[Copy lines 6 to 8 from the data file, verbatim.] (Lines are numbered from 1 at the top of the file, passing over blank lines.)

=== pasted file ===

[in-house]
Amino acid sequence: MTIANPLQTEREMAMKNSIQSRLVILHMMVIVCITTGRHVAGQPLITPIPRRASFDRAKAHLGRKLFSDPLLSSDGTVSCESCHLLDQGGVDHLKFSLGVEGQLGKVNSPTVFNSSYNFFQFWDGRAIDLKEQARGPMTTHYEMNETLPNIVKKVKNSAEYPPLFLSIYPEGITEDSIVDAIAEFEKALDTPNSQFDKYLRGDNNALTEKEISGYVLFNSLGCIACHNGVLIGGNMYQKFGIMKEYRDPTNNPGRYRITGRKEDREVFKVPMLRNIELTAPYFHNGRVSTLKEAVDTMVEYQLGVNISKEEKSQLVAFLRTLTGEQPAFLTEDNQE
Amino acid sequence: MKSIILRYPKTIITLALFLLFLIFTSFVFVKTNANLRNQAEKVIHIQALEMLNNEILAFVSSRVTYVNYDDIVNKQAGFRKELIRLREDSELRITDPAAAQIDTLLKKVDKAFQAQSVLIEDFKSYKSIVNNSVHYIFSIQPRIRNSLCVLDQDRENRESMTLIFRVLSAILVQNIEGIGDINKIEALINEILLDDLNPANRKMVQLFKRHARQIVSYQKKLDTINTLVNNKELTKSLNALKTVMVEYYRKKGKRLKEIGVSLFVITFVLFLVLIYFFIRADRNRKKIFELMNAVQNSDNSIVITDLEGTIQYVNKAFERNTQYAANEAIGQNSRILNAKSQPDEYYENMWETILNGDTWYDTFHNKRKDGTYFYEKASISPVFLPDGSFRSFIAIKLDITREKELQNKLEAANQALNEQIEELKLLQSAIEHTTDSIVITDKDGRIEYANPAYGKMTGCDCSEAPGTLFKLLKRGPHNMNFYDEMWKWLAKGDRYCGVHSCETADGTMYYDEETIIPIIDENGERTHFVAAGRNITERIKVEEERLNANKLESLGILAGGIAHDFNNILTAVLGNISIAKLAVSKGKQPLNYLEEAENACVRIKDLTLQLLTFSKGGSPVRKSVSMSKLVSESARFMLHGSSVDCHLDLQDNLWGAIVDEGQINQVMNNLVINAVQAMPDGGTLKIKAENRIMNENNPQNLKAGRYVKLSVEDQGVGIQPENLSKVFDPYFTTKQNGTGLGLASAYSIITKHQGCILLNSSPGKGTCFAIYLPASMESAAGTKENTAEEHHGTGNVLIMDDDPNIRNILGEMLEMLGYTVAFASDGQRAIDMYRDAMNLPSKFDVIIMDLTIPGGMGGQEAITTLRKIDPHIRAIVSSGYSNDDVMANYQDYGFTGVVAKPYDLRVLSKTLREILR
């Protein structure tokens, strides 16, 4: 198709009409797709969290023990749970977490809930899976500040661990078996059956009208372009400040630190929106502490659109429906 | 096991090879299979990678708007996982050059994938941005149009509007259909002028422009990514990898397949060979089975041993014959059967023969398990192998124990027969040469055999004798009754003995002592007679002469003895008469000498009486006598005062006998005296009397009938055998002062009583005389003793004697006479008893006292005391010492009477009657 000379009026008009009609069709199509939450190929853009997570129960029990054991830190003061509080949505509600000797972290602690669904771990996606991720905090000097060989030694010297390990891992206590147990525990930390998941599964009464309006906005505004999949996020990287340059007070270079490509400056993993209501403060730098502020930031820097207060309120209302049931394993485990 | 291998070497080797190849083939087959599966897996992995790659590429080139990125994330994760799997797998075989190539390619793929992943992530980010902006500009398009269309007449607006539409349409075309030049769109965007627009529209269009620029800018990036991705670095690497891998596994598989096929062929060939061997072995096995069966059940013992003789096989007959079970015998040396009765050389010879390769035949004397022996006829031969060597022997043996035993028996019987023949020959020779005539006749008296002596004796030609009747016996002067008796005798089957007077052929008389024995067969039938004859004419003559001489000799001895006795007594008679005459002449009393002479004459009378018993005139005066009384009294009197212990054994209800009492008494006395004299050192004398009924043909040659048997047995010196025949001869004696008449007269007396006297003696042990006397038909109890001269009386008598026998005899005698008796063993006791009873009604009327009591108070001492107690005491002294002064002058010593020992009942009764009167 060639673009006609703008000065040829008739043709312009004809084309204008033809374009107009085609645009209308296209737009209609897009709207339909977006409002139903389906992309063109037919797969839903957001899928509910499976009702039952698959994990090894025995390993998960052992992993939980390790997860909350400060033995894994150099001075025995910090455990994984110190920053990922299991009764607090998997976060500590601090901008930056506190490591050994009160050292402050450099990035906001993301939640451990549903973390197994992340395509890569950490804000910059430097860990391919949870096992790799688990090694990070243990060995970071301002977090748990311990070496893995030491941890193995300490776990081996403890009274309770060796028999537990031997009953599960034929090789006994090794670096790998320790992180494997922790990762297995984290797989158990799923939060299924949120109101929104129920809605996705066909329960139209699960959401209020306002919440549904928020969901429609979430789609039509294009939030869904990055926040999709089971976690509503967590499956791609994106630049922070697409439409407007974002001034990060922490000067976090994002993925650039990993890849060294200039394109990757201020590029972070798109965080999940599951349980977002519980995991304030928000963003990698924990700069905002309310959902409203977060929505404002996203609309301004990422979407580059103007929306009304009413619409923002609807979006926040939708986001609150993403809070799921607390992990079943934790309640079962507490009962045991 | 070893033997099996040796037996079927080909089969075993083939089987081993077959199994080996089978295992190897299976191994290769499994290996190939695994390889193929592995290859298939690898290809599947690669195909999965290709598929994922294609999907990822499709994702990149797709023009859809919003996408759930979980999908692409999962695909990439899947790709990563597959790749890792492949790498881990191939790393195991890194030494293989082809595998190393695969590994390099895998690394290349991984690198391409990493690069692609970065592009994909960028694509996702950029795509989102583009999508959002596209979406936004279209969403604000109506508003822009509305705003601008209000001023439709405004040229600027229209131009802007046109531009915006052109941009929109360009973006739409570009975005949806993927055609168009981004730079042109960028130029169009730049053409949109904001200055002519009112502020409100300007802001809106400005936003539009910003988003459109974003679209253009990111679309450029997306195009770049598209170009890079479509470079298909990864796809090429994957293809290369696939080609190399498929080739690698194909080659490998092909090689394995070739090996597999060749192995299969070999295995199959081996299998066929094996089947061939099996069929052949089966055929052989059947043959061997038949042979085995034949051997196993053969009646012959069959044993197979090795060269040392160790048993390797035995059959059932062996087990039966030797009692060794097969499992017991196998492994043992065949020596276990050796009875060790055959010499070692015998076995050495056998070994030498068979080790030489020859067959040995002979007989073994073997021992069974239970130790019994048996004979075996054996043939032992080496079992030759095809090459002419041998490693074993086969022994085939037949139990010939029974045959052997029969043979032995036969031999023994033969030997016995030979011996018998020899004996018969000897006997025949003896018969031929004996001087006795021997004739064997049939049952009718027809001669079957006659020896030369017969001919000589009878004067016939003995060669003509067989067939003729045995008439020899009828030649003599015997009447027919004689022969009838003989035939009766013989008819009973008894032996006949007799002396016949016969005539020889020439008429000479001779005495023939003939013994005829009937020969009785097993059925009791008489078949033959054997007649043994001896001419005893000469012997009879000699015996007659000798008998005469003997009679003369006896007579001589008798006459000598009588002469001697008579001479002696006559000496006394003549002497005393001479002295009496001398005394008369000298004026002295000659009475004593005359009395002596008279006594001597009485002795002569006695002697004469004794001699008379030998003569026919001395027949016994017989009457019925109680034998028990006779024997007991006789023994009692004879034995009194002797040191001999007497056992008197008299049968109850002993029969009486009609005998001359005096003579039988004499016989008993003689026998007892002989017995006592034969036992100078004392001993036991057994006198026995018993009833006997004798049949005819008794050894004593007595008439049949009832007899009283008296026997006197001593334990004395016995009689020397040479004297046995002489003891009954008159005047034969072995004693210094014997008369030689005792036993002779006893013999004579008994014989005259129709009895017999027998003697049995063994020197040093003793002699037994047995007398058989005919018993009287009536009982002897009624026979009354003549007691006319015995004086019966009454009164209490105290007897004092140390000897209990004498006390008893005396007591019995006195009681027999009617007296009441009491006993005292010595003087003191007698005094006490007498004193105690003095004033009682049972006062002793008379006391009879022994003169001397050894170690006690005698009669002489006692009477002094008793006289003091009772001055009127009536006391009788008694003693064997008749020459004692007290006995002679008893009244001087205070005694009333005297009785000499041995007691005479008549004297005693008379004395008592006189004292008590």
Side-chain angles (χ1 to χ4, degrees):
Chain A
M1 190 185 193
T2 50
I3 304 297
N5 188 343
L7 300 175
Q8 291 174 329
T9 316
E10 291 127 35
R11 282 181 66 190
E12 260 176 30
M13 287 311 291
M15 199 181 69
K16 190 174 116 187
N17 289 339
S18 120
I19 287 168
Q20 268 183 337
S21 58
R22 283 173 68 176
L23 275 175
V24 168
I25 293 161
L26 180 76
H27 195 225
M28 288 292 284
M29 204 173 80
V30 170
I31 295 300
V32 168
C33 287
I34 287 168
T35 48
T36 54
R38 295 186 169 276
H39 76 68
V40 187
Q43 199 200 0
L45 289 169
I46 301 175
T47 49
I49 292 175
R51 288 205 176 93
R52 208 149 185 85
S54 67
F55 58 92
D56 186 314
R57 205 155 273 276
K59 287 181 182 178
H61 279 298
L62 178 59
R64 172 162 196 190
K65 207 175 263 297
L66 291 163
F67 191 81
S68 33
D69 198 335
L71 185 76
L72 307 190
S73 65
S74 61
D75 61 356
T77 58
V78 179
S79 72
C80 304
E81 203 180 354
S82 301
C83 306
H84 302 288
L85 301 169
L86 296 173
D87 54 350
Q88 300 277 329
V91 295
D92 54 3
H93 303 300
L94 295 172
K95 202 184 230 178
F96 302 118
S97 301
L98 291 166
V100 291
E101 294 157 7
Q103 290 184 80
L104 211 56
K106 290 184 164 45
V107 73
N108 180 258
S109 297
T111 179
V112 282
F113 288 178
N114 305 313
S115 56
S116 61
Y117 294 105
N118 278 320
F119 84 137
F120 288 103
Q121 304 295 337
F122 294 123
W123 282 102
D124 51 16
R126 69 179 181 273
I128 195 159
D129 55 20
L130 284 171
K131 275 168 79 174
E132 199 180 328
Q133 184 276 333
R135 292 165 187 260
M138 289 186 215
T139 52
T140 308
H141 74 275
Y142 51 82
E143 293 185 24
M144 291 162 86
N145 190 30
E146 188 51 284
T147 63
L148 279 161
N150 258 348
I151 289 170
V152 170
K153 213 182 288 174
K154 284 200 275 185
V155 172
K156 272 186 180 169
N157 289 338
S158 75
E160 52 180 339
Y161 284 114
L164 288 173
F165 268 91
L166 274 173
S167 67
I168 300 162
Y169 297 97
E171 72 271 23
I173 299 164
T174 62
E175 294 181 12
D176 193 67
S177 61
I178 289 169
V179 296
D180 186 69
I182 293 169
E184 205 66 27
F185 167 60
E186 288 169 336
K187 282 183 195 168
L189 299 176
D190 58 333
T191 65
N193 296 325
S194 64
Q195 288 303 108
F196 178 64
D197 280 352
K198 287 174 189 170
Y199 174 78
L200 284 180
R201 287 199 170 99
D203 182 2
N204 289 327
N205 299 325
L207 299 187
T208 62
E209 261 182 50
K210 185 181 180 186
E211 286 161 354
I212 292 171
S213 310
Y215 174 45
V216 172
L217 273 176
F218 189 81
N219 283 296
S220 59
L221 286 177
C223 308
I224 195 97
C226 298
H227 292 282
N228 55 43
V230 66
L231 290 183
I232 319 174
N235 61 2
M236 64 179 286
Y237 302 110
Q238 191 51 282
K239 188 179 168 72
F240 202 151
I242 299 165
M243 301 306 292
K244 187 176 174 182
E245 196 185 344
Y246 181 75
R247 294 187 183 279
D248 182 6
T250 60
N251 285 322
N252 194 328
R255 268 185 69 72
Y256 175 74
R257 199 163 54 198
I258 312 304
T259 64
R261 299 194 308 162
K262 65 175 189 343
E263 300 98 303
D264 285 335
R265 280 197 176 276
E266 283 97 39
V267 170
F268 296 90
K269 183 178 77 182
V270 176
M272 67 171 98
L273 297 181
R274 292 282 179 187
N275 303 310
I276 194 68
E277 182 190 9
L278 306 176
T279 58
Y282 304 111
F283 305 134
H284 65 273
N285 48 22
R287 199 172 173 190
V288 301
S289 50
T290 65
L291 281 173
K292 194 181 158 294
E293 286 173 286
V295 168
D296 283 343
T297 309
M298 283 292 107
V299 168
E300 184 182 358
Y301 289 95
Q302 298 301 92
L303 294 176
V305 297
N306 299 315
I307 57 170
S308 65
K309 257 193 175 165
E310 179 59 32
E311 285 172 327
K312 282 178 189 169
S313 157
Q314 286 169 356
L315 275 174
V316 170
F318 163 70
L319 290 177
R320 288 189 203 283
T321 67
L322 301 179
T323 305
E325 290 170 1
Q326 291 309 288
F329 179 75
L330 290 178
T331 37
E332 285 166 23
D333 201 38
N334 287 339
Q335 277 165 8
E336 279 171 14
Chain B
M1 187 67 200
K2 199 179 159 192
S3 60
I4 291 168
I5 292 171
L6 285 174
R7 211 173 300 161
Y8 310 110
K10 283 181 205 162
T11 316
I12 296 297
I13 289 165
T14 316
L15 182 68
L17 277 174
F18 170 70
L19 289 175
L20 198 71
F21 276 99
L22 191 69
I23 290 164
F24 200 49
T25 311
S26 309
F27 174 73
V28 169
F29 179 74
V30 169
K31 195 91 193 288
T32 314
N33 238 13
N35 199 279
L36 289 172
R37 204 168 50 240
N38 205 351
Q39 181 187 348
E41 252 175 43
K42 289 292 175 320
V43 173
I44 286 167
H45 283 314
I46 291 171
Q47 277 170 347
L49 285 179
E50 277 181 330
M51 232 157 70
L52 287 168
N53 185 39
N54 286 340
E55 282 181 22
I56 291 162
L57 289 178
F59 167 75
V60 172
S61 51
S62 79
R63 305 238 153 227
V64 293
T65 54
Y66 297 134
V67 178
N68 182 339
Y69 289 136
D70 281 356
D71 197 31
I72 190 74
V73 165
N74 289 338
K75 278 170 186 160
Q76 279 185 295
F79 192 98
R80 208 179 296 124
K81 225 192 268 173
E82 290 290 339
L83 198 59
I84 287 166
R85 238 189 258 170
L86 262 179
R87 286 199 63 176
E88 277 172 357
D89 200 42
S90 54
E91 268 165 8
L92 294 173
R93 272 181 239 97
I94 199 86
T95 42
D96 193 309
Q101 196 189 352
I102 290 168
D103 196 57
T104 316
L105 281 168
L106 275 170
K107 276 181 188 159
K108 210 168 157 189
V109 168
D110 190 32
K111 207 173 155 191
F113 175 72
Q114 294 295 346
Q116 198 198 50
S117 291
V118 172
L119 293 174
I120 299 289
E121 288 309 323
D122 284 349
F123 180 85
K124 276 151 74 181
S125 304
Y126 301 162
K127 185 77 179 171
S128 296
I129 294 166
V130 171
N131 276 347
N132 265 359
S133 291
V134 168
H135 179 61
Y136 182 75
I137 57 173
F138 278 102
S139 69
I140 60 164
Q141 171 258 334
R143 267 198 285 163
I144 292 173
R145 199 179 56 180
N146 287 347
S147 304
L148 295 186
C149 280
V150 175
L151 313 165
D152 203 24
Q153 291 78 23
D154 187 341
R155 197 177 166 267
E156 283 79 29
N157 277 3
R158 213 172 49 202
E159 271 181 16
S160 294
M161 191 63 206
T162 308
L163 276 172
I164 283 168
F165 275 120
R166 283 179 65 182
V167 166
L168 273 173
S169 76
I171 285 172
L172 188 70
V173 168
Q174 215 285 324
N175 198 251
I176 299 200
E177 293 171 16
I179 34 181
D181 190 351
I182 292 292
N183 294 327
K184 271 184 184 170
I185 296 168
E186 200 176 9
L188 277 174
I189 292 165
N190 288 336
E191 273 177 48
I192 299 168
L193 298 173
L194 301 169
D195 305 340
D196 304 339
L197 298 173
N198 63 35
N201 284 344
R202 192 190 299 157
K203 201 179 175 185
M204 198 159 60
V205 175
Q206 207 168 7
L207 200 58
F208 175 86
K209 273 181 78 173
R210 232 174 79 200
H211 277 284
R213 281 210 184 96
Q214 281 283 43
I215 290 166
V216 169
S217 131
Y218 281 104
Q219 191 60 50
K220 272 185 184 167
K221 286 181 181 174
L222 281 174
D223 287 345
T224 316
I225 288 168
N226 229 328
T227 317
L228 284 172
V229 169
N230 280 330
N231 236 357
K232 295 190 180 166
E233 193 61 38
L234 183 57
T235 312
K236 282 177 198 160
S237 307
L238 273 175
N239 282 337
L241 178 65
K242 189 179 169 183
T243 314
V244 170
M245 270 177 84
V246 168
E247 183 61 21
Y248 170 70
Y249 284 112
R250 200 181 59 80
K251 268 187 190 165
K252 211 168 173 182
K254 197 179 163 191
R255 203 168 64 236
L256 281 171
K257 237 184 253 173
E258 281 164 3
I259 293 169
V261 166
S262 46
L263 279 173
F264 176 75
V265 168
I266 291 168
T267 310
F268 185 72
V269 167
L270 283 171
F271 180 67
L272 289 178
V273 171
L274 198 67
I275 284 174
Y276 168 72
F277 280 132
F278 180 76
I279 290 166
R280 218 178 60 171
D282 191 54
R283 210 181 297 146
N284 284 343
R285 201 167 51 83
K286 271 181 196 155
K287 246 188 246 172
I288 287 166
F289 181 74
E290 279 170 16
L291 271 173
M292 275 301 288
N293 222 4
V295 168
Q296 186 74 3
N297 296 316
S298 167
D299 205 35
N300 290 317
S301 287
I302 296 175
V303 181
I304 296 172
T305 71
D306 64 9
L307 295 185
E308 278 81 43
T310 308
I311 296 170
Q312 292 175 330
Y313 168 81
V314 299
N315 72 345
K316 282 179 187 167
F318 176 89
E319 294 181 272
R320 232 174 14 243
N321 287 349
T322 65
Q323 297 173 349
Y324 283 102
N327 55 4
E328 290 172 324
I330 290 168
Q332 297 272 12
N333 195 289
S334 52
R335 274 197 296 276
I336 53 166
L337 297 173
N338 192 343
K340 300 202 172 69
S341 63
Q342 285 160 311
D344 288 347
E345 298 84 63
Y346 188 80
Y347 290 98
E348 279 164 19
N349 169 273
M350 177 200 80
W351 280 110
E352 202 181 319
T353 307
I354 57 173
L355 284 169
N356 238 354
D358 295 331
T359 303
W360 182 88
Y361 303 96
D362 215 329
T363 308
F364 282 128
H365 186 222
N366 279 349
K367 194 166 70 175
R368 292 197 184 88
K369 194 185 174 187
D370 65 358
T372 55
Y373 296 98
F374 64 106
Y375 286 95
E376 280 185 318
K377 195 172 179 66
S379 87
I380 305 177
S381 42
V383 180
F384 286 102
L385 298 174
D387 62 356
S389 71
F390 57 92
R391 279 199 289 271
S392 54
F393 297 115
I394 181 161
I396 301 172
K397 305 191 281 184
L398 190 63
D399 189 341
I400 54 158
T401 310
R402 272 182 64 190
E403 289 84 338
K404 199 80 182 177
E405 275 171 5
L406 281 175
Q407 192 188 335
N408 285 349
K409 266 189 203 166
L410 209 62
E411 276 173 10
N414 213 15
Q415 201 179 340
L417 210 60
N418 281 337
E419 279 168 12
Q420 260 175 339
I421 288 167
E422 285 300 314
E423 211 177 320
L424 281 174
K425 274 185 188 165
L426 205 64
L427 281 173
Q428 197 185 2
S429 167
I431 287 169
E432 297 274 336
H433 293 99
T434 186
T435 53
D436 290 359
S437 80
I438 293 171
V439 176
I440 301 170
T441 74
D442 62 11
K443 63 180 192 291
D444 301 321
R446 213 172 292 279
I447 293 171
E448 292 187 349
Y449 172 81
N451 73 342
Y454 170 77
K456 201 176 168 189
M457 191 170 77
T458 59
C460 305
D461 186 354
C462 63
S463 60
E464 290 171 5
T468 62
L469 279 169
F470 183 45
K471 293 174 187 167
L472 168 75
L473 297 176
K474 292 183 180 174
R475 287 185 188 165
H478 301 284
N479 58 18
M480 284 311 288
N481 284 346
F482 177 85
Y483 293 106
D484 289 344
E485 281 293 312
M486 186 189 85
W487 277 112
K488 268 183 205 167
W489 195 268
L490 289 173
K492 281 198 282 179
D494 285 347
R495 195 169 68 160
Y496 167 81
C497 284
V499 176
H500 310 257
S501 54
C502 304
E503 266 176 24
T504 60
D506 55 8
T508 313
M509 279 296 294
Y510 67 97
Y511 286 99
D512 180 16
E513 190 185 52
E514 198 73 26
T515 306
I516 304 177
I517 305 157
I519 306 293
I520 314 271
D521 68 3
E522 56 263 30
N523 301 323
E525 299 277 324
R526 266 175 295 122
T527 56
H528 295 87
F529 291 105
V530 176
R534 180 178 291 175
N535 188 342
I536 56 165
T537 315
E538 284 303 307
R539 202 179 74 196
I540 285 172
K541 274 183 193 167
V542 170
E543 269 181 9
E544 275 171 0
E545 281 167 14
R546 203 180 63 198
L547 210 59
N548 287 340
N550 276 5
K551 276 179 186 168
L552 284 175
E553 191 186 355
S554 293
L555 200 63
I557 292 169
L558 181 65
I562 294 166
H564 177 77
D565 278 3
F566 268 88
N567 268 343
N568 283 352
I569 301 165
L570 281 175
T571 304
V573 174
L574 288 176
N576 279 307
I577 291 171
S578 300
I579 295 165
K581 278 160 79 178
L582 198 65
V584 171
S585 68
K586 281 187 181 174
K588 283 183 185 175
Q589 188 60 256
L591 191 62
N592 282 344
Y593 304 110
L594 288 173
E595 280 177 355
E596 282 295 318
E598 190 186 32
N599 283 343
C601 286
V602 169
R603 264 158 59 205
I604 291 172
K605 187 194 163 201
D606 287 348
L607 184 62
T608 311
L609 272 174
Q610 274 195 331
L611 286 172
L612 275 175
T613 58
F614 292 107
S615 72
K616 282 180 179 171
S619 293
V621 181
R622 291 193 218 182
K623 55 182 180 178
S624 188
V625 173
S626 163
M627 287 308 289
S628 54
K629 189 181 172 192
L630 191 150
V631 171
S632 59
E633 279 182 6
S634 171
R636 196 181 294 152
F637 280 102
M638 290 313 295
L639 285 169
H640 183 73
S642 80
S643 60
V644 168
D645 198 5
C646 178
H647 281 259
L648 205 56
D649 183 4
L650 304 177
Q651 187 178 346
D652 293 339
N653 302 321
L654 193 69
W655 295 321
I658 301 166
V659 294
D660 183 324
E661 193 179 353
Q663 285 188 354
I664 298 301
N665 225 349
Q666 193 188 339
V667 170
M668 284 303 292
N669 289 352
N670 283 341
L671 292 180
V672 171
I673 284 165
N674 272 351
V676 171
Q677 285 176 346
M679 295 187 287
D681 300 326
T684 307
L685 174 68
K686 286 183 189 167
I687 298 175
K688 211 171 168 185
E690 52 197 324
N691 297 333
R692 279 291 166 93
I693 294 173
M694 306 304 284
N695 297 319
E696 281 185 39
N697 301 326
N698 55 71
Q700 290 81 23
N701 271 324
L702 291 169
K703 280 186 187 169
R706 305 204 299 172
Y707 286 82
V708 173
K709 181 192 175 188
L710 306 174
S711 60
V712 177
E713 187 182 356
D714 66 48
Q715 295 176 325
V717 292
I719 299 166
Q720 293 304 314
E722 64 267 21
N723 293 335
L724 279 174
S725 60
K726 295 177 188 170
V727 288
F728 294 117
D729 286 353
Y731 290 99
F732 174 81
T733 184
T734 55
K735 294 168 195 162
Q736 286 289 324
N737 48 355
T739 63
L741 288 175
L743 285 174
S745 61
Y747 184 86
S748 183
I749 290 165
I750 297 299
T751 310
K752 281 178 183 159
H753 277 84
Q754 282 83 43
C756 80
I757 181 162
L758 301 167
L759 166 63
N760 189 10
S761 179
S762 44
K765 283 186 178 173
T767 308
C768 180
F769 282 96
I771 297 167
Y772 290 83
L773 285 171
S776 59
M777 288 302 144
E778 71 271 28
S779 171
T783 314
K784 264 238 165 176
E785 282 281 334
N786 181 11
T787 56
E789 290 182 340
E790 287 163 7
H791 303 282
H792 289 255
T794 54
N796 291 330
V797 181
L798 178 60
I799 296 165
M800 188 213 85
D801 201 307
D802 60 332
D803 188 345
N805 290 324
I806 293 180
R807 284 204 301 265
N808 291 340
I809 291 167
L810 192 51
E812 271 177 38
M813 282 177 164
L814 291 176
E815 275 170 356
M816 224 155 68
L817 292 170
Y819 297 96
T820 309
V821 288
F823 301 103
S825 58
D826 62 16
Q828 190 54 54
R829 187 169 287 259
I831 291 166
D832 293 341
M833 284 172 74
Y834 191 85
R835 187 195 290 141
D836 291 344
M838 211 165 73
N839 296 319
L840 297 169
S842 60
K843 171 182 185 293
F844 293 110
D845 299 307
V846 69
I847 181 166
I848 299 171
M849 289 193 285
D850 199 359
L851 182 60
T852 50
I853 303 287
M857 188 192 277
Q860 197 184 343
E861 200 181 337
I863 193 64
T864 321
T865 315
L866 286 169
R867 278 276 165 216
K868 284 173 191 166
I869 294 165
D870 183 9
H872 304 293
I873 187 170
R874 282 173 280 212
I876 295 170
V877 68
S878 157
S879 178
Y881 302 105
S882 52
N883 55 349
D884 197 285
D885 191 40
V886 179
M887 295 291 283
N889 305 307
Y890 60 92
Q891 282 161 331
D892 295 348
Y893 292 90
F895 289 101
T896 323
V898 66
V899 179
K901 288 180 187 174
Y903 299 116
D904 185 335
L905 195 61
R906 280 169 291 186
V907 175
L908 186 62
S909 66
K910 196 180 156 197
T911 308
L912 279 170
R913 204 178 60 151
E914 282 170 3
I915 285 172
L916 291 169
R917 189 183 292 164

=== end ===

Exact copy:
Chain A
M1 190 185 193
T2 50